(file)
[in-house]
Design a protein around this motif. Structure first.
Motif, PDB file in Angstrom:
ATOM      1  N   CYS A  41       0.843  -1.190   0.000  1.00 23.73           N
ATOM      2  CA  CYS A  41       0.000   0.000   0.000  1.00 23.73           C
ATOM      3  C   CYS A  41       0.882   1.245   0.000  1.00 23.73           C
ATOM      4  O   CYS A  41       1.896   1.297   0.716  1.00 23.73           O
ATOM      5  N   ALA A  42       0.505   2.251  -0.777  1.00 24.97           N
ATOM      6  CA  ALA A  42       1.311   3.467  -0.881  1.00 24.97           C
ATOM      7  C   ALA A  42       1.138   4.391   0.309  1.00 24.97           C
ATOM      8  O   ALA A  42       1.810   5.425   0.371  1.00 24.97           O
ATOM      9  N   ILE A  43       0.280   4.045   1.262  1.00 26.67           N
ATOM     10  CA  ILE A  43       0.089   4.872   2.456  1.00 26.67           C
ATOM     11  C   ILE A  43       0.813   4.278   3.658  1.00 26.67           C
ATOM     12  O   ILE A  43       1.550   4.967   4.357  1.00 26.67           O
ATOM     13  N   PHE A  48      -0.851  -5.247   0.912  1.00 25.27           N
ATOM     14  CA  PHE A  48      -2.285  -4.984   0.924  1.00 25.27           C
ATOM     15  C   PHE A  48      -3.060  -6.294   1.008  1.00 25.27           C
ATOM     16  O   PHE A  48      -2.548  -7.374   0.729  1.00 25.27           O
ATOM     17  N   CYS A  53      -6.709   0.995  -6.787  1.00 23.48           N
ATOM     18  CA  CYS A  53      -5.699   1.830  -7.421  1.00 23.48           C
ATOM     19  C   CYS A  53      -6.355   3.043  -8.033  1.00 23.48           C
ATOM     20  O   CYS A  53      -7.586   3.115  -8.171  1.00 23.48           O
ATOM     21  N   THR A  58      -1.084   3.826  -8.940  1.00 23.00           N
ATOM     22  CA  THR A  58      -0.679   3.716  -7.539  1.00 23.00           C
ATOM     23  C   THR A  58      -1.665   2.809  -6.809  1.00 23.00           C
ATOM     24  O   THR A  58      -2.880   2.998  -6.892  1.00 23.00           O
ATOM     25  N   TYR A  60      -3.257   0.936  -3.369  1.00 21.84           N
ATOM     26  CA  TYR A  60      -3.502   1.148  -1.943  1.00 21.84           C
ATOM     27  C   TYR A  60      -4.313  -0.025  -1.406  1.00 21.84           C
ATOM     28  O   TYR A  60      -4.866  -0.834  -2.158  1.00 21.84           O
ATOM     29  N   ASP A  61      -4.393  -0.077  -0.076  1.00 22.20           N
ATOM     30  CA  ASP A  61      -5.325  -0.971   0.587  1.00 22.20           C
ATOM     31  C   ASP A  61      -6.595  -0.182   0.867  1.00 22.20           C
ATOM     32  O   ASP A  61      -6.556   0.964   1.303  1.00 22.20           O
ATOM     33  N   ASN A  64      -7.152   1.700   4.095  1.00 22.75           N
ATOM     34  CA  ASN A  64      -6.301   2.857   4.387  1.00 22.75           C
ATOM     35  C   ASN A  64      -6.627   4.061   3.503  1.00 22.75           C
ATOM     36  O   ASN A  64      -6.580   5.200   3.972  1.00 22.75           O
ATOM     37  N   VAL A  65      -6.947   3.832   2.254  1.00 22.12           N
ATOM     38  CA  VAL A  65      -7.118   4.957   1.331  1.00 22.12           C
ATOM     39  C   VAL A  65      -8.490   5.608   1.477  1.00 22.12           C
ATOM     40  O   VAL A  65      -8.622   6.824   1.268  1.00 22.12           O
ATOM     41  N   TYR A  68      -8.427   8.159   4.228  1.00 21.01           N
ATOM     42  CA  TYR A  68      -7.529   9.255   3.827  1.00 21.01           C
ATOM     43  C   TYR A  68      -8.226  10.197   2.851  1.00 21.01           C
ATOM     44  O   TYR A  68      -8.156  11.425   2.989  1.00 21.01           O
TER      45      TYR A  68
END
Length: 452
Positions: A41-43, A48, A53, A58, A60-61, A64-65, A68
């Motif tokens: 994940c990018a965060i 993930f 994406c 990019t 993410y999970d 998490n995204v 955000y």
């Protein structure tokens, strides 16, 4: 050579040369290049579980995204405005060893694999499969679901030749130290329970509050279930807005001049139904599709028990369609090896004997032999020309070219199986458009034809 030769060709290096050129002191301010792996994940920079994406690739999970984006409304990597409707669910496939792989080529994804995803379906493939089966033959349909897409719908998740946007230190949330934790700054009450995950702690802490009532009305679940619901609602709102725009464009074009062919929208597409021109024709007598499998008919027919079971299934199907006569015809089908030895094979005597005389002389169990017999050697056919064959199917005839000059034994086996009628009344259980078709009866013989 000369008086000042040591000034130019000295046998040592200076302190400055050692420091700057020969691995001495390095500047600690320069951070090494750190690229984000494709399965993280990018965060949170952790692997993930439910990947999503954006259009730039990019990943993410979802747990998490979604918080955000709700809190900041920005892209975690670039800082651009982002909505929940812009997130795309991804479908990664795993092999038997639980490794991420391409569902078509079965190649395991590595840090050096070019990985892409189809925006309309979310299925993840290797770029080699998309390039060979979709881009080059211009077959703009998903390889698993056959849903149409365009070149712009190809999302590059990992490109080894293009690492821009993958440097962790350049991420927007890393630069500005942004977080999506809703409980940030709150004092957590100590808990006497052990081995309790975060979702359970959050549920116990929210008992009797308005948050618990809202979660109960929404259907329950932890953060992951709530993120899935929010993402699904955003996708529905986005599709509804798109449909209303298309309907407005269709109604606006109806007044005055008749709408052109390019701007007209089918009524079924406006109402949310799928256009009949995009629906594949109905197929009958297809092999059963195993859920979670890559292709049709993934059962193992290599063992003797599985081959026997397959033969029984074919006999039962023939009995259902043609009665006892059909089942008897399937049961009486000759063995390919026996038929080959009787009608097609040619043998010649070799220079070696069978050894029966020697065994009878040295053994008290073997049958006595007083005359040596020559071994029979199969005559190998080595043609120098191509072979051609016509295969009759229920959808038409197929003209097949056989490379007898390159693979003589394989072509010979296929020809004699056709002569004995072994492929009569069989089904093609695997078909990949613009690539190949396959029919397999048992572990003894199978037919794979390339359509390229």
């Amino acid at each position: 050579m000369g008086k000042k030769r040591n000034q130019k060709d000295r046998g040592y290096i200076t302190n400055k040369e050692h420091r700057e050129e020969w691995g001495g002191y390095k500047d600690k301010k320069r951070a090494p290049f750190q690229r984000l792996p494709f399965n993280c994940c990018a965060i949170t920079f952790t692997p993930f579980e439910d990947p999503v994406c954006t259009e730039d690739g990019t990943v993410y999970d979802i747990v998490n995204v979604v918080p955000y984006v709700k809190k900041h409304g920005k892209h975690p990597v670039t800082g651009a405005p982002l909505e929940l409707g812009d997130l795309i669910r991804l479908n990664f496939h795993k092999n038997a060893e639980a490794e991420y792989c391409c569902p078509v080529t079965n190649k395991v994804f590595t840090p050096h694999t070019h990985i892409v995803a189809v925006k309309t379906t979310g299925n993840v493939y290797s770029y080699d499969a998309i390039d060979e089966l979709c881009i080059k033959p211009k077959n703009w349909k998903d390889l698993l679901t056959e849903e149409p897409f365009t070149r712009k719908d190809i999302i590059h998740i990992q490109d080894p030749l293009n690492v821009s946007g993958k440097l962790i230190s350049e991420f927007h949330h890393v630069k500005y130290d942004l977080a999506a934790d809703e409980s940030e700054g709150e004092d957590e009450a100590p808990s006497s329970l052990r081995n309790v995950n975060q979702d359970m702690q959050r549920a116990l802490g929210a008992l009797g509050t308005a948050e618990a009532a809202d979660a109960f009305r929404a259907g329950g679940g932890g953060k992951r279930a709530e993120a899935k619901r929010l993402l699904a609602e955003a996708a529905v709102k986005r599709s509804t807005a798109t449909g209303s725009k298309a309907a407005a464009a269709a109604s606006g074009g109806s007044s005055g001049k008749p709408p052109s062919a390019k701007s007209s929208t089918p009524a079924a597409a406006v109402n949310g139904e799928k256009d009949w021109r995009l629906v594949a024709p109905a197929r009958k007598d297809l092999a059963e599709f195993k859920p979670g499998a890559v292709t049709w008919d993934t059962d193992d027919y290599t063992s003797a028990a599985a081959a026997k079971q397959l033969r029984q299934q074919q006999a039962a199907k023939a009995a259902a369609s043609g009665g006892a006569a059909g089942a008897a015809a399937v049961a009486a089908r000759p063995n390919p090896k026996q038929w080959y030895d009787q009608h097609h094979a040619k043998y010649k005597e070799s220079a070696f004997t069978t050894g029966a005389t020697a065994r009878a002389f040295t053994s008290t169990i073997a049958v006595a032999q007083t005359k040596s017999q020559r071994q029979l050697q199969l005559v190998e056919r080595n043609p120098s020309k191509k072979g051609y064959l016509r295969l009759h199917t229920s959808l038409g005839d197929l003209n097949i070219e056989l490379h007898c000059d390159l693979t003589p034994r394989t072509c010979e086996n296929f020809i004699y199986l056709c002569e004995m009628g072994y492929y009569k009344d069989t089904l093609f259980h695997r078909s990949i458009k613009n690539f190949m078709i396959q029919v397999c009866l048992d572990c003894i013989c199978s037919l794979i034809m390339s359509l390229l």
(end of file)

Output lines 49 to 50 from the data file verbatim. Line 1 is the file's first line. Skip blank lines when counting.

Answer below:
END
Length: 452